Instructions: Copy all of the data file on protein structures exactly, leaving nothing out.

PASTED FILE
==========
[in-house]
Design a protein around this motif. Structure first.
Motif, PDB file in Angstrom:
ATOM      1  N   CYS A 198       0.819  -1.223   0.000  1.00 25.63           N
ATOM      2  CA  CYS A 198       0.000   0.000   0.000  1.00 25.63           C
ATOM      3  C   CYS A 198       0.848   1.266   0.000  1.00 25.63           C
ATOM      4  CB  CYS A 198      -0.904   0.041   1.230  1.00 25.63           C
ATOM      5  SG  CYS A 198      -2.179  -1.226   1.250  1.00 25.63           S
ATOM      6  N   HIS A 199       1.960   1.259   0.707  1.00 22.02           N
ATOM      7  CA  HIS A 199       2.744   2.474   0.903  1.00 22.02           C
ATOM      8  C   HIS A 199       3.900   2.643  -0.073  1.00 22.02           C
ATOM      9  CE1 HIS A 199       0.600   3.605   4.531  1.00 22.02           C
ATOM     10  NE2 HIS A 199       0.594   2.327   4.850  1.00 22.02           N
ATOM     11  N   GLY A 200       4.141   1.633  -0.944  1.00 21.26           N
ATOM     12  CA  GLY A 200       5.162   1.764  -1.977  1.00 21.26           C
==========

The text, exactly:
[in-house]
Design a protein around this motif. Structure first.
Motif, PDB file in Angstrom:
ATOM      1  N   CYS A 198       0.819  -1.223   0.000  1.00 25.63           N
ATOM      2  CA  CYS A 198       0.000   0.000   0.000  1.00 25.63           C
ATOM      3  C   CYS A 198       0.848   1.266   0.000  1.00 25.63           C
ATOM      4  CB  CYS A 198      -0.904   0.041   1.230  1.00 25.63           C
ATOM      5  SG  CYS A 198      -2.179  -1.226   1.250  1.00 25.63           S
ATOM      6  N   HIS A 199       1.960   1.259   0.707  1.00 22.02           N
ATOM      7  CA  HIS A 199       2.744   2.474   0.903  1.00 22.02           C
ATOM      8  C   HIS A 199       3.900   2.643  -0.073  1.00 22.02           C
ATOM      9  CE1 HIS A 199       0.600   3.605   4.531  1.00 22.02           C
ATOM     10  NE2 HIS A 199       0.594   2.327   4.850  1.00 22.02           N
ATOM     11  N   GLY A 200       4.141   1.633  -0.944  1.00 21.26           N
ATOM     12  CA  GLY A 200       5.162   1.764  -1.977  1.00 21.26           C